De Coma managed to become the local priest of Baulou in 1890 for which ironically he had to say mass in the small village church that was aslo dedicated to Mary Magdalene.
In 1904 the separation of church and state was a fact. The Monastère du Carol served as a refuge for priests who had fled from the North of the country to the safer foot of the Pyrenees. It was also the year he stopped acting as a priest. He was now an old man, strange and isolated. He is said to have been walking his enormous estate in his mother’s clothes. On November 14th, 1911, he was found lying dead in his bed at age 89. Since he died without leaving a will, his estate befell to the state.
Until 1956 the buildings stood empty, housed some soldiers and the ocassional party. In 1956 the bishop of Pamiers decided to sell the domain to Henri Baures. As an explicit condition it was demanded that the whole monastery was to be levelled to the ground including the church. The diocese claimed that it wanted to prevent a sect from moving into the building. Why that hadn’t been a problem between 1911 and 1956 and how that would change now there was a decent inhabitant was never explained.
What remains today is only a small building housing a bed and breakfast. De Coma’s body, again like Saunière’s, was moved from it’s crypt and placed in the unhallowed ground of the parking lot, 20 metres from the small village church of Baulou. He lies in an unmarked tomb beneath a simple cross, on top of which a cross patée and a five-pointed star have been chiseled out.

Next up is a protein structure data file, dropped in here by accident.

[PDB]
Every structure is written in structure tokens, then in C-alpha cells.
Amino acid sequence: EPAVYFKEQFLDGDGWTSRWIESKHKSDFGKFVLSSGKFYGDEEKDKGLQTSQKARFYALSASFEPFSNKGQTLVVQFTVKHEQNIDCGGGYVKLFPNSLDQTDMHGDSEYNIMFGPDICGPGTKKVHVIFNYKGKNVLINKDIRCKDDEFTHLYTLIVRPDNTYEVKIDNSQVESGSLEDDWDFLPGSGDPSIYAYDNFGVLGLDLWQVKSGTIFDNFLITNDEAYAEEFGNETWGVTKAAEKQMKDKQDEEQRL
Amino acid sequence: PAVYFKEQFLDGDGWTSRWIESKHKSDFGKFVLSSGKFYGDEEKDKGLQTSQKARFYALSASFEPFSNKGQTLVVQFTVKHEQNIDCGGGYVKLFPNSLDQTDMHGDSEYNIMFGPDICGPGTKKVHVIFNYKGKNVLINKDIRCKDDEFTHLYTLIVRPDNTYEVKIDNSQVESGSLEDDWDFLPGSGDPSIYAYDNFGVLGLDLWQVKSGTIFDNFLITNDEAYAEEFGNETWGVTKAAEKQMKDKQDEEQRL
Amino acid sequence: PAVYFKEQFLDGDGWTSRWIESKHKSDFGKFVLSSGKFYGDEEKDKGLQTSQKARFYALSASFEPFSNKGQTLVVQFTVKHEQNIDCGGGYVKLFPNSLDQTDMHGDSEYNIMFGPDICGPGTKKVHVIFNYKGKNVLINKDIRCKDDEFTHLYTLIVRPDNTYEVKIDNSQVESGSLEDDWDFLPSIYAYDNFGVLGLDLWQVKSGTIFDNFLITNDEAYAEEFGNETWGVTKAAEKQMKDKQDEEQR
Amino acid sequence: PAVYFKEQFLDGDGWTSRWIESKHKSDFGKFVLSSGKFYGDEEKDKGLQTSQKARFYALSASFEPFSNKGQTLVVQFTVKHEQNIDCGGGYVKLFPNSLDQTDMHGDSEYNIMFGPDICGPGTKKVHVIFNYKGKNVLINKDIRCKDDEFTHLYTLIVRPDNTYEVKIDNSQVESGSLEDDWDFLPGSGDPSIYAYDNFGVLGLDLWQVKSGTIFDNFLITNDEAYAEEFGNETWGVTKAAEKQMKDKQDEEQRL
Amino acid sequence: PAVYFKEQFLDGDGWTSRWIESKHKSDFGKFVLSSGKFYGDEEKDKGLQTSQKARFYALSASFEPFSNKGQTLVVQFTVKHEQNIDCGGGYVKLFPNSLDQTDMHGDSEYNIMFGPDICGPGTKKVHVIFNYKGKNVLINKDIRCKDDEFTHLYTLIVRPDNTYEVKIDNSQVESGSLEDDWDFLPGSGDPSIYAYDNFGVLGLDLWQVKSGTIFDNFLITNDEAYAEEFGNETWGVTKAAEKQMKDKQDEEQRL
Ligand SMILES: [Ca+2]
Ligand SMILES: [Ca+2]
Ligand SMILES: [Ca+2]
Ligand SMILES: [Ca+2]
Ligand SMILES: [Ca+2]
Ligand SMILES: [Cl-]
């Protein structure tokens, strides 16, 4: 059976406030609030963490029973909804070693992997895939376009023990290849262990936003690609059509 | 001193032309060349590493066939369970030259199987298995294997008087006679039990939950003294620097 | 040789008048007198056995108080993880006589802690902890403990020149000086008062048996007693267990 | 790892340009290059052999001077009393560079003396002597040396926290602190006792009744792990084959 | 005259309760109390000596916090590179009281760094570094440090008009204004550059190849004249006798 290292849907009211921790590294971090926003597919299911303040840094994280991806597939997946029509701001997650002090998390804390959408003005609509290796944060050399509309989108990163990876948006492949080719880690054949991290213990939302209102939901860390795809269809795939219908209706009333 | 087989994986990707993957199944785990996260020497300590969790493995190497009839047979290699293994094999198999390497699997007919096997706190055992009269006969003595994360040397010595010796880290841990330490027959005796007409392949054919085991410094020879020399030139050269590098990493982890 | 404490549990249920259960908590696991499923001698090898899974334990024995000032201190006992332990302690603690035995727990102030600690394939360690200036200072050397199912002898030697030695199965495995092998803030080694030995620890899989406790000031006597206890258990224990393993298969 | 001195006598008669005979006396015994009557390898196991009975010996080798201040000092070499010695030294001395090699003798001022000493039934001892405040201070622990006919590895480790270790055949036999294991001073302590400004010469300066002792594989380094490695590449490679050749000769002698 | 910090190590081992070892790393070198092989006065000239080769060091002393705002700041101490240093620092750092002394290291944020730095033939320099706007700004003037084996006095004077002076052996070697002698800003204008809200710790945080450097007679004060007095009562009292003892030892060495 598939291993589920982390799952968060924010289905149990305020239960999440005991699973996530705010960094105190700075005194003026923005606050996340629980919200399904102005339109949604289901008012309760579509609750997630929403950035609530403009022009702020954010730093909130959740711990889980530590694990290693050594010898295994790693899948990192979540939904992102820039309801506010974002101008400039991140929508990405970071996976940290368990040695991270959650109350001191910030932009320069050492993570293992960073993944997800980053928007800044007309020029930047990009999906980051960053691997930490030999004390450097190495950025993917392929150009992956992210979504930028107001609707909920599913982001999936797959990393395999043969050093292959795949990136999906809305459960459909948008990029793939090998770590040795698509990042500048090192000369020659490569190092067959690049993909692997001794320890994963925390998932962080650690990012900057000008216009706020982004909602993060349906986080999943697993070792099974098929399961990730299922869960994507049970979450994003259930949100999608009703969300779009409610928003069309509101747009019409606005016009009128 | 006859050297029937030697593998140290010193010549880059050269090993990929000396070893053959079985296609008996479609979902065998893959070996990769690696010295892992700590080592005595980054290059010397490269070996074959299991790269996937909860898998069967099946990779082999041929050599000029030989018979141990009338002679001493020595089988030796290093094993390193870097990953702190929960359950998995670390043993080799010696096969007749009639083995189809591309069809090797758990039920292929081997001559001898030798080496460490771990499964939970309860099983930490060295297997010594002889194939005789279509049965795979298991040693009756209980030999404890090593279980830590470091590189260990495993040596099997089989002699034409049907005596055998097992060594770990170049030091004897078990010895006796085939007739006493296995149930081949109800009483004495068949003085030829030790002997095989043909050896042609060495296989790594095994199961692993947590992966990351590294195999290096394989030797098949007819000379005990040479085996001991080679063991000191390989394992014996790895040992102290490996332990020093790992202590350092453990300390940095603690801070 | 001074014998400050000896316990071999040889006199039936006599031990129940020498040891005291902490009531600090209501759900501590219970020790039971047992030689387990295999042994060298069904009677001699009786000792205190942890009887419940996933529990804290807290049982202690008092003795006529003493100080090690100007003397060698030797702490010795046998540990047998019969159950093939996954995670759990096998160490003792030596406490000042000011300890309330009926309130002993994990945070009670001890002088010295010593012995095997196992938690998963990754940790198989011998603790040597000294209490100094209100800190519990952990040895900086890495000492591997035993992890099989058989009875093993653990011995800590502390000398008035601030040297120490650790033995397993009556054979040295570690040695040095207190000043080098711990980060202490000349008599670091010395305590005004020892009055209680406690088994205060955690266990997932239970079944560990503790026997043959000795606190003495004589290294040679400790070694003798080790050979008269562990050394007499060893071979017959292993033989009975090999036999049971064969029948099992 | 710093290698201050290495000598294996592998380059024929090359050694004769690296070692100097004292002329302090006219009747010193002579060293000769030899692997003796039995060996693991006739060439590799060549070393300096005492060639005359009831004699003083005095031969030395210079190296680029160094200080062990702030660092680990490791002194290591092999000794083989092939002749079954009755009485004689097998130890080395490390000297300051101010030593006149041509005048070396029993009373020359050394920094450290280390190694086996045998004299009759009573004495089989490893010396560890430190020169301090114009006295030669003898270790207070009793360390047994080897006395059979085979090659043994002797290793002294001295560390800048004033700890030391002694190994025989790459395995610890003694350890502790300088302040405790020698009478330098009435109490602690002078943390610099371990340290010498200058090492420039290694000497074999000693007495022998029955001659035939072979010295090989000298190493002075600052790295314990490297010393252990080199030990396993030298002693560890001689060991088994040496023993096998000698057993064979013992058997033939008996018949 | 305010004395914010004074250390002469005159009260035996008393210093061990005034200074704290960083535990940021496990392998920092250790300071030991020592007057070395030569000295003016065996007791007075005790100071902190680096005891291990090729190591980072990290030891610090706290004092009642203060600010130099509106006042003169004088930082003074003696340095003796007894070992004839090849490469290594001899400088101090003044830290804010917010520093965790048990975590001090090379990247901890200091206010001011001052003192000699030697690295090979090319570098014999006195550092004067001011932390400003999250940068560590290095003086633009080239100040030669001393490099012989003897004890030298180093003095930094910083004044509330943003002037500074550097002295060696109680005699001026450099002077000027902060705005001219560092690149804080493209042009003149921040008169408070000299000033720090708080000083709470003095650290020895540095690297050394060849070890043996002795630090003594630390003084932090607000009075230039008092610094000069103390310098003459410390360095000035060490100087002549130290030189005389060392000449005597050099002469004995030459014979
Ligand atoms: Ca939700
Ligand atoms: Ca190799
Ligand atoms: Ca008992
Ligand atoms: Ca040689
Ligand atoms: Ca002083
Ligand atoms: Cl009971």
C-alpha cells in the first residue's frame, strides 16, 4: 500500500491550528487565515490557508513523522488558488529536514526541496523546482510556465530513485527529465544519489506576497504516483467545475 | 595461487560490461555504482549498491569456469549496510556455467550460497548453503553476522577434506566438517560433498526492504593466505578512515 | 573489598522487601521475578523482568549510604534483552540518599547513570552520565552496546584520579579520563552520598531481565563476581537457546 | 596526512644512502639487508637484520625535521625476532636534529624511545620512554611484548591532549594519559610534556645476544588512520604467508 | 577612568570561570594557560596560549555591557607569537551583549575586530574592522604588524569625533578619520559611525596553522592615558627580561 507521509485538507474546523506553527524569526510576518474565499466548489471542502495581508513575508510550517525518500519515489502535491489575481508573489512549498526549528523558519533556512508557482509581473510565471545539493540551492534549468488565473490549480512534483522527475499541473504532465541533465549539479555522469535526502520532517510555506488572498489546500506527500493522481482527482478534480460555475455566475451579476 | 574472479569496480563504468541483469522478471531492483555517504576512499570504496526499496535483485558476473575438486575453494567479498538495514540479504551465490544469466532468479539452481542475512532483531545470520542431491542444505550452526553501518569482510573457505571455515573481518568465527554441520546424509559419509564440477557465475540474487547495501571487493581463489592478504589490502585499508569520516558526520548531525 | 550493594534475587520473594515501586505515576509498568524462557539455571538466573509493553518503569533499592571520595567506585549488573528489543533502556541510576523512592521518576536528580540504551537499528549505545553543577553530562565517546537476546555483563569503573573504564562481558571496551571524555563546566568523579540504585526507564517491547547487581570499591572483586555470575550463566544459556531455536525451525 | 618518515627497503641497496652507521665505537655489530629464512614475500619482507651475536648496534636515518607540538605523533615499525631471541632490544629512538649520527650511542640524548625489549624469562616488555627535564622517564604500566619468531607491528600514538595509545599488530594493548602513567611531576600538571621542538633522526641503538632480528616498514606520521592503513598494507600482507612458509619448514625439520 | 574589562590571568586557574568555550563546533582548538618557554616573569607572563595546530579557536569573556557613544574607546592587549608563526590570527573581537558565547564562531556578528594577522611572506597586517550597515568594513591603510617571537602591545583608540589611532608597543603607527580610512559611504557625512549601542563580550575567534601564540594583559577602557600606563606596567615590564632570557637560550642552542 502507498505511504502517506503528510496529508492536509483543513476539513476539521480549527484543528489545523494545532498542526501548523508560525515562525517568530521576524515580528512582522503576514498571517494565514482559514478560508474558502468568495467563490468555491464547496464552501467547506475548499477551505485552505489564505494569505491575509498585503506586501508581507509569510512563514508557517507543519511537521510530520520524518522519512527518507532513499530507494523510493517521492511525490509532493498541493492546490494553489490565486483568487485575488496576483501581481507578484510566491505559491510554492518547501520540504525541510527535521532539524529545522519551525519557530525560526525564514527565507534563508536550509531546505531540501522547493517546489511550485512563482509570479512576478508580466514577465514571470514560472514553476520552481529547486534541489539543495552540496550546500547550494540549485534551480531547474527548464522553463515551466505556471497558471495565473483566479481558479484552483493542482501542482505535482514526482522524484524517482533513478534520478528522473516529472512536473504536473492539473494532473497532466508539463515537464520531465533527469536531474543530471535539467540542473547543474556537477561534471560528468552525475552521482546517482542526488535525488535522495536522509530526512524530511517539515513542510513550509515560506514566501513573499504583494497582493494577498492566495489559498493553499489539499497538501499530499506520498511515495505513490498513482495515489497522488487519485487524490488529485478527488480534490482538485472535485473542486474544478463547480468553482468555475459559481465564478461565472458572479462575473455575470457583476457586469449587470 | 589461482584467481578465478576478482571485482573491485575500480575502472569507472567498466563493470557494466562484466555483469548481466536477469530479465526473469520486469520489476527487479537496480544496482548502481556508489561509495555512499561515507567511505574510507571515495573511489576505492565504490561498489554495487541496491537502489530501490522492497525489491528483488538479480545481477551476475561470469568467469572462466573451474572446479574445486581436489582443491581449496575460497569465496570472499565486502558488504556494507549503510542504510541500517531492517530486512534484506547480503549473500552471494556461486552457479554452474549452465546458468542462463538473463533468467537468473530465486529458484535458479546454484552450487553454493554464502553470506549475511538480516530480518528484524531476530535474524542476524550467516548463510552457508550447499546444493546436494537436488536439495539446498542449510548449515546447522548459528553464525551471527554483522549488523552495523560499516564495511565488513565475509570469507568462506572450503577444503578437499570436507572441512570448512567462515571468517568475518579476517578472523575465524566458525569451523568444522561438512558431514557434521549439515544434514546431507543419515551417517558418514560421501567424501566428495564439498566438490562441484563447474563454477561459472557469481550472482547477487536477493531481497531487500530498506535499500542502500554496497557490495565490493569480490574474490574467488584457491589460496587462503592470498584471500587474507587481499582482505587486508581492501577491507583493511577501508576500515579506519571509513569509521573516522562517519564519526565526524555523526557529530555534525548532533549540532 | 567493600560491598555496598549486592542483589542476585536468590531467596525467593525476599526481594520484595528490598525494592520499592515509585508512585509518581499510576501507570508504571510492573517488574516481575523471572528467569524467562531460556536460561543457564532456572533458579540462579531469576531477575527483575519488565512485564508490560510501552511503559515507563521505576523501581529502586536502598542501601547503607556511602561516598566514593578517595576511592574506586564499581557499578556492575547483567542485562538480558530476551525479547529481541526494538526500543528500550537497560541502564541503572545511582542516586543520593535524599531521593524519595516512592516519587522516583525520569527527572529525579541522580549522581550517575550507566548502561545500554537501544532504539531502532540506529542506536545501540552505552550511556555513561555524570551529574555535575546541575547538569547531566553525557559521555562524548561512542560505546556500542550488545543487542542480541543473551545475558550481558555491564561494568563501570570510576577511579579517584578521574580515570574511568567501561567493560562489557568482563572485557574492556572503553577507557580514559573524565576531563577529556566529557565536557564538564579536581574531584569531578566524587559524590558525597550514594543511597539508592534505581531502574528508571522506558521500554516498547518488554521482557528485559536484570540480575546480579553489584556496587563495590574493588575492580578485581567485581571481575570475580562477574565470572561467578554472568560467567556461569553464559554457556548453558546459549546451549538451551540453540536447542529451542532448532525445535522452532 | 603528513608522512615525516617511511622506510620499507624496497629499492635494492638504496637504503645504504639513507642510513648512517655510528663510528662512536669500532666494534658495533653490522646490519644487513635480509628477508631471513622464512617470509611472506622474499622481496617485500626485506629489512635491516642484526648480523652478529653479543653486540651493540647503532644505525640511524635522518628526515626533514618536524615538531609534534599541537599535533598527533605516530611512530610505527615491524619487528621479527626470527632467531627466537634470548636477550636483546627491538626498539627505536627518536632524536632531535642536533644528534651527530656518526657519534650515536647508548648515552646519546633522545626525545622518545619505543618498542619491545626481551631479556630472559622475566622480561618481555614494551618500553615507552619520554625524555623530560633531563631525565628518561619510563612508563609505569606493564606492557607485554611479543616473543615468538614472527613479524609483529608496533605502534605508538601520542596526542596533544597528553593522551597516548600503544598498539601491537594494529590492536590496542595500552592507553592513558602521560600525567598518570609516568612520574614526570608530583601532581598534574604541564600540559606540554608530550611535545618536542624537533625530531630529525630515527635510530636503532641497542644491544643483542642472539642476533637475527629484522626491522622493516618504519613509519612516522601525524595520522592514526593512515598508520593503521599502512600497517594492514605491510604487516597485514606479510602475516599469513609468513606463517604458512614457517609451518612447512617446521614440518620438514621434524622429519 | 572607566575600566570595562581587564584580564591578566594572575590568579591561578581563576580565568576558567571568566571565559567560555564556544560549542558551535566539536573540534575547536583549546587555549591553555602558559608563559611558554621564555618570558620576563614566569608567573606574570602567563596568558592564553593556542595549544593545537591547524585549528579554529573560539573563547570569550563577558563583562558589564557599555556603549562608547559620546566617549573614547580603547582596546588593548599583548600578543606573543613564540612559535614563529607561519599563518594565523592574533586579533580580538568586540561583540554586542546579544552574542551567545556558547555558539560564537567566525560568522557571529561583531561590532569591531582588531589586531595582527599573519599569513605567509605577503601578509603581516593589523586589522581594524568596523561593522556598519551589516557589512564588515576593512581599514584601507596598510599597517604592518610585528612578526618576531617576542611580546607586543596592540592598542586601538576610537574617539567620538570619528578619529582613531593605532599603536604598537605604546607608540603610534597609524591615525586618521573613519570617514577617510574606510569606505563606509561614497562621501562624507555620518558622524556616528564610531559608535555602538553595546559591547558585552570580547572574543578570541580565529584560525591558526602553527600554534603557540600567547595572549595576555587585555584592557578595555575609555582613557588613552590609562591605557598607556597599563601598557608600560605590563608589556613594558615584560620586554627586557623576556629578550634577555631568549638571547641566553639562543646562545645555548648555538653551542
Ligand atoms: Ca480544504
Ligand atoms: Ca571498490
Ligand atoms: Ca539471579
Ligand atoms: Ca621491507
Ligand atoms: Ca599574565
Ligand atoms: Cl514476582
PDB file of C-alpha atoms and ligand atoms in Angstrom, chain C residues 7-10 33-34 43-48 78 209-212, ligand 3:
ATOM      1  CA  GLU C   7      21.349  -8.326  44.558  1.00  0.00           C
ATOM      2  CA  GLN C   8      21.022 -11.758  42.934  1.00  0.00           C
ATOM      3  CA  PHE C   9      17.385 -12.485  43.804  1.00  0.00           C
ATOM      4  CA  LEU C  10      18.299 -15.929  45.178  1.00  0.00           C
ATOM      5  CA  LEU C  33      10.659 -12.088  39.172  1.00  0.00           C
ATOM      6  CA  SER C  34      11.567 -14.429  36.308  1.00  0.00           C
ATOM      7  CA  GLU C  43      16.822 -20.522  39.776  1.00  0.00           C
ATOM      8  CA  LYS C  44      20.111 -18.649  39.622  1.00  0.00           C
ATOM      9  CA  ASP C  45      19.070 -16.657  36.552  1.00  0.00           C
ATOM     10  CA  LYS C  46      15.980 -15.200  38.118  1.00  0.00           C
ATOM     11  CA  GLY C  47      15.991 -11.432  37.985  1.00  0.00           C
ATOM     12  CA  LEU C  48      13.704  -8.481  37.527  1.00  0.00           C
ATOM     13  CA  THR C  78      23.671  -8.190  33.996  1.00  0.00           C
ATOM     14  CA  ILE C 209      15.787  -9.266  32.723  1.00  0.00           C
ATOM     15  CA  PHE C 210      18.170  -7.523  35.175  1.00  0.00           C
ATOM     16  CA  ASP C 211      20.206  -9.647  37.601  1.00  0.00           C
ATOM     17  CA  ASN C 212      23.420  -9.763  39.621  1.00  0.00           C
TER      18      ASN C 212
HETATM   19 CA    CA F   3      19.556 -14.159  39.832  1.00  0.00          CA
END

There are a staggering number of similarities between the lives of De Coma and Saunière. One built Gethsemane, the other Bethania, both key-locations in the passion of Christ. Both were moved out of their graves into unhallowed ground long after their deaths. Both were financed by the Habsburgs, both built large and unusual religious structures. Both sold masses and are linked with a Death Cult. All this happened within a timeframe of 50 years from 1856 to 1906. A lot of coincidence indeed.
Forunately, it was recently discovered that De Coma’s Stations of the Cross had been saved from destruction and moved to the village of Raynaude where they can still be seen today.
photos shown with kind permission of Andrew Gough and Filip Coppens. Sketch copyright of Jacques-François Réglat and Monique Dumas from their book Le Monastère Dynamité, that you can order by contacting Autographe & Images, Parc des Sports, allée Gabriel Bienes 31400 Toulouse, Tel : 05 61 62 68 00 (EUR 24.50)